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I don't know about steam from exhaust pipes but there is a lot of hot air surrounding certain Asian cars...

Chris

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Well, what makes me mad is the Calif greenies put blame for smog soley on Detroit, and out there 70% of cars are imports! The rich F-ks in Beemers and Benzes are certainly not innocent in making smog.

And, why the hell do they keep building these huge subdivisions in Calif?? If they built more mass trasnit, they'd have less smog and more open land, trees, what not. They are such hypocrites.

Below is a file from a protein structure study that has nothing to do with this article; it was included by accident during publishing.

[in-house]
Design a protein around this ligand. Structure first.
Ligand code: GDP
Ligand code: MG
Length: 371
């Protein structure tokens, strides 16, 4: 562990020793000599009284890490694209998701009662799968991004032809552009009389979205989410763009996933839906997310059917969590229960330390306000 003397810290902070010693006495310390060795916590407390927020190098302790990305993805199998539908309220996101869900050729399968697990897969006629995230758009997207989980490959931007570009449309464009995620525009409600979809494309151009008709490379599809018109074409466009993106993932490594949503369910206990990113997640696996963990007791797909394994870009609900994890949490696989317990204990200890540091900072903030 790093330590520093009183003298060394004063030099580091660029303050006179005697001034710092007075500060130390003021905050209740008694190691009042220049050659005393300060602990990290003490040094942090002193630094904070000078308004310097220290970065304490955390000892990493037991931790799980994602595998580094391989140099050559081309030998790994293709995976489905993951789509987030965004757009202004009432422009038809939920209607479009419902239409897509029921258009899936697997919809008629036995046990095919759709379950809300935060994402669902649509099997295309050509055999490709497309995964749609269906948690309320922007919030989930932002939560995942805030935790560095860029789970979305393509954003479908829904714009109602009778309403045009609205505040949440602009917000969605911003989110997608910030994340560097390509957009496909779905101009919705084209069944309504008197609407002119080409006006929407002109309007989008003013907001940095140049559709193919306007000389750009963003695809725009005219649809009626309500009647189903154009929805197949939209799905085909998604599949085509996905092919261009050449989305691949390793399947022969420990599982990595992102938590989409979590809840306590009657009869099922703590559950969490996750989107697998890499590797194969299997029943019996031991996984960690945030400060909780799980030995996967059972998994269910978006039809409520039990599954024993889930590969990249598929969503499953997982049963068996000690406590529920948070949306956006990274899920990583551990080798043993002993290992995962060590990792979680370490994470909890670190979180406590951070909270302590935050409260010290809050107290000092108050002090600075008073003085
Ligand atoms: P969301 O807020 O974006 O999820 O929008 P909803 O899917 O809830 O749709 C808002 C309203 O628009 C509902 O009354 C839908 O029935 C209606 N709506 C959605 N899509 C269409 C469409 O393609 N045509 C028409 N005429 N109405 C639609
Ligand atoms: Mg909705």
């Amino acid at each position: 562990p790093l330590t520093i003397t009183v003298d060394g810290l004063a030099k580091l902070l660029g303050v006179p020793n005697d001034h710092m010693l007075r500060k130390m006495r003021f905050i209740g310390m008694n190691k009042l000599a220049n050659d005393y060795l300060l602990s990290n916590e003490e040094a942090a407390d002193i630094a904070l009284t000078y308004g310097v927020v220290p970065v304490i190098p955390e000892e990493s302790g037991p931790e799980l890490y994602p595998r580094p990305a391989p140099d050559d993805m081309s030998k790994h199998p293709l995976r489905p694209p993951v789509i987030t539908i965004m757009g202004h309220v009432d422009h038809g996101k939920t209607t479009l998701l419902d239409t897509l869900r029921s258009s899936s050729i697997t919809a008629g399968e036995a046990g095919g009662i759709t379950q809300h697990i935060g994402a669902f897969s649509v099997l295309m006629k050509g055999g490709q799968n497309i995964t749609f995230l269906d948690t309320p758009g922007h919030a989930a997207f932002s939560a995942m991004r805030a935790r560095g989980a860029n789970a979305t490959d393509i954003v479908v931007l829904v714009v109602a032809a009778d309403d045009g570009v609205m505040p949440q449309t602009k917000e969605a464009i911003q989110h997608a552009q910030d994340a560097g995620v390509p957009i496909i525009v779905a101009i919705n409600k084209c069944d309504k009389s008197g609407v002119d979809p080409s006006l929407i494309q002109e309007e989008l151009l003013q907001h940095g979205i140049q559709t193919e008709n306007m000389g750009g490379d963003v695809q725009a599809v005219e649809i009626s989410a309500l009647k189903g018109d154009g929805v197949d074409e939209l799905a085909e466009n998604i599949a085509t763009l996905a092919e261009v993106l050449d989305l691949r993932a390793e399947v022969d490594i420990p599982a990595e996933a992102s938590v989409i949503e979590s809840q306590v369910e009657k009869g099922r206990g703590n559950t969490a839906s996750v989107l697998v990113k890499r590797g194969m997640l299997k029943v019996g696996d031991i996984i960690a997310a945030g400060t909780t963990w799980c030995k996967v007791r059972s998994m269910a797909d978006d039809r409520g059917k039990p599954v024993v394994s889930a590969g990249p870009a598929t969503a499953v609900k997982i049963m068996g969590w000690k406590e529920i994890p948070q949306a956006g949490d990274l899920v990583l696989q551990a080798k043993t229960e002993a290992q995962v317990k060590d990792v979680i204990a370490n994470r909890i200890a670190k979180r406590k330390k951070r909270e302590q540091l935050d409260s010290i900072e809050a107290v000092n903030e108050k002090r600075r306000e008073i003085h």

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Sorry I haven't read all 11 pages of this thread, but I've been watching a lot of the footage of the Senate committee meeting, and I have to say big respect to Sen Dodd and all the other senators frankly for taking this issue very seriously and taking the time to study all the possible ramifications and possible solutions at hand. He had some very strong words for Pres Bush's complete lack of action or even willingness to listen to anything the automakers say when clearly this is a huge issue and there isn't really time to wait for Jan 20th.

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Why would I buy an ugly Cobalt with its rear drum brakes and torsion beam rear suspension when I could get a Mazda 3 for the same price with 4 wheel discs, fully independent suspension, and a more impressive feature list?

... ah, to save your job?